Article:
Treebank-based grammar acquisition for German
Rehbein, Ines (2009) Treebank-based grammar acquisition for German. PhD thesis, Dublin City University.
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Manual development of deep linguistic resources is time-consuming and costly and therefore often described as a bottleneck for traditional rule-based NLP. In my PhD thesis I present a treebank-based method for the automatic acquisition of LFG resources for German. The method automatically creates deep and rich linguistic presentations
from labelled data (treebanks) and can be applied to large data sets.
My research is based on and substantially extends previous work on automatically acquiring wide-coverage, deep, constraint-based grammatical resources from the English Penn-II treebank (Cahill et al.,2002; Burke et al., 2004; Cahill, 2004). Best results for English show a dependency f-score of 82.73% (Cahill et al., 2008) against the PARC
700 dependency bank, outperforming the best hand-crafted grammar of Kaplan et al. (2004). Preliminary work has been carried out to test the approach on languages other than English, providing proof of concept for the applicability of the method (Cahill et al., 2003; Cahill,
2004; Cahill et al., 2005).
While first results have been promising, a number of important research questions have been raised. The original approach presented first in Cahill et al. (2002) is strongly tailored to English and the datastructures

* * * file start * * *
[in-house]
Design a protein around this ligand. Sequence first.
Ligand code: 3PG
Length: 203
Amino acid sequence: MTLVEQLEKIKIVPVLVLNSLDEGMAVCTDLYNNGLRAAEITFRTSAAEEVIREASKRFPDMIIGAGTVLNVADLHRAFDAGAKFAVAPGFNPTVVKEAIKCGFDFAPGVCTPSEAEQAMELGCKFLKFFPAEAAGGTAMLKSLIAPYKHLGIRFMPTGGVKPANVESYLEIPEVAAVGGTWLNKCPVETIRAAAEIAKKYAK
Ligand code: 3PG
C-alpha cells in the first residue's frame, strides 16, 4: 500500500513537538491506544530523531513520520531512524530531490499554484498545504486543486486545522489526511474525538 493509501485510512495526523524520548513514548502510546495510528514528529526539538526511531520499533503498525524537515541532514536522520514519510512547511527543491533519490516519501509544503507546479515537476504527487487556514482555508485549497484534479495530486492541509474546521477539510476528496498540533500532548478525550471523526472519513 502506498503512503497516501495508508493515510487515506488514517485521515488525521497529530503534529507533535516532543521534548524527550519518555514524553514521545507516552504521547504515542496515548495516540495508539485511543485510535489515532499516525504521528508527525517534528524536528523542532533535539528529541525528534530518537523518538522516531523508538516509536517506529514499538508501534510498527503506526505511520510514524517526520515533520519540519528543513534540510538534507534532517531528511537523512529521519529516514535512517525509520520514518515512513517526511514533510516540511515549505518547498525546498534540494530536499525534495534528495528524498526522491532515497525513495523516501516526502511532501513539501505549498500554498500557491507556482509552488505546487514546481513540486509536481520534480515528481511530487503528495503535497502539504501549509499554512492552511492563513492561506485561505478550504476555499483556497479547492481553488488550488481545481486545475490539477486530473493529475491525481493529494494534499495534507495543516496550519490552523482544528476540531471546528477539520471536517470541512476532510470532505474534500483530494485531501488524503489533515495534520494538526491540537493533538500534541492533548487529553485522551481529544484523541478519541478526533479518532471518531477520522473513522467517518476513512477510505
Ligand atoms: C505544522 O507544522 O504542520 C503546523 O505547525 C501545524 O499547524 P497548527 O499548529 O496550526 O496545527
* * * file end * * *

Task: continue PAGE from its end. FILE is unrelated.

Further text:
provided by the Penn-II treebank (Marcus et al., 1993).
English is configurational and rather poor in inflectional forms. German, by contrast, features semi-free word order and a much richer morphology. Furthermore, treebanks for German differ considerably from the Penn-II treebank as regards data structures and encoding schemes underlying the grammar acquisition task.
In my thesis I examine the impact of language-specific properties of German as well as linguistically motivated treebank design decisions on PCFG parsing and LFG grammar acquisition. I present experiments investigating the influence of treebank design on PCFG parsing and show which type of representations are useful for the PCFG and
LFG grammar acquisition tasks. Furthermore, I present a novel approach to cross-treebank comparison, measuring the effect of controlled error insertion on treebank
trees and parser output from different treebanks. I complement the cross-treebank comparison by providing a human evaluation using TePaCoC, a new testsuite for testing parser performance on complex grammatical constructions. Manual evaluation on TePaCoC data provides
new insights on the impact of flat vs. hierarchical annotation schemes on data-driven parsing. I present treebank-based LFG acquisition methodologies for two German treebanks. An extensive evaluation along different dimensions complements the investigation and provides valuable insights for the future development of treebanks.
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